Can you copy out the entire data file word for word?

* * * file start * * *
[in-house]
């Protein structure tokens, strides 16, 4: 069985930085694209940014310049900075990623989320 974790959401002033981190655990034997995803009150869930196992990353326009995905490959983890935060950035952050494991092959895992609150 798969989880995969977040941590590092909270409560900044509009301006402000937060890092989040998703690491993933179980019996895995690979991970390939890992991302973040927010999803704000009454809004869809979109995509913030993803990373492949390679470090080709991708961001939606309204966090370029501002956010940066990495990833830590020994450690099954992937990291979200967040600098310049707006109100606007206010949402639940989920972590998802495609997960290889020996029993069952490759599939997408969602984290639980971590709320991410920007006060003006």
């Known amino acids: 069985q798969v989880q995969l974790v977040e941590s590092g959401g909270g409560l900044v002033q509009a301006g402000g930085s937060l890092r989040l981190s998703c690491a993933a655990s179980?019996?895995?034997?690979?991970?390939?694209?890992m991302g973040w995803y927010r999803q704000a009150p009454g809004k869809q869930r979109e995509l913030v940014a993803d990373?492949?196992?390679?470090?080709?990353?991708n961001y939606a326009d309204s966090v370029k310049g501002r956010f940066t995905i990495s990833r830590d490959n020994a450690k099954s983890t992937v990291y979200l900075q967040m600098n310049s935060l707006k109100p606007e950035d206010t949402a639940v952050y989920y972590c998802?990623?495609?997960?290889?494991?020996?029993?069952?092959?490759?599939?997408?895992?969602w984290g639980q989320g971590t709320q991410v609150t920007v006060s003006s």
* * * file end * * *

[in-house]
């Protein structure tokens, strides 16, 4: 069985930085694209940014310049900075990623989320 974790959401002033981190655990034997995803009150869930196992990353326009995905490959983890935060950035952050494991092959895992609150 798969989880995969977040941590590092909270409560900044509009301006402000937060890092989040998703690491993933179980019996895995690979991970390939890992991302973040927010999803704000009454809004869809979109995509913030993803990373492949390679470090080709991708961001939606309204966090370029501002956010940066990495990833830590020994450690099954992937990291979200967040600098310049707006109100606007206010949402639940989920972590998802495609997960290889020996029993069952490759599939997408969602984290639980971590709320991410920007006060003006």
């Known amino acids: 069985q798969v989880q995969l974790v977040e941590s590092g959401g909270g409560l900044v002033q509009a301006g402000g930085s937060l890092r989040l981190s998703c690491a993933a655990s179980?019996?895995?034997?690979?991970?390939?694209?890992m991302g973040w995803y927010r999803q704000a009150p009454g809004k869809q869930r979109e995509l913030v940014a993803d990373?492949?196992?390679?470090?080709?990353?991708n961001y939606a326009d309204s966090v370029k310049g501002r956010f940066t995905i990495s990833r830590d490959n020994a450690k099954s983890t992937v990291y979200l900075q967040m600098n310049s935060l707006k109100p606007e950035d206010t949402a639940v952050y989920y972590c998802?990623?495609?997960?290889?494991?020996?029993?069952?092959?490759?599939?997408?895992?969602w984290g639980q989320g971590t709320q991410v609150t920007v006060s003006s």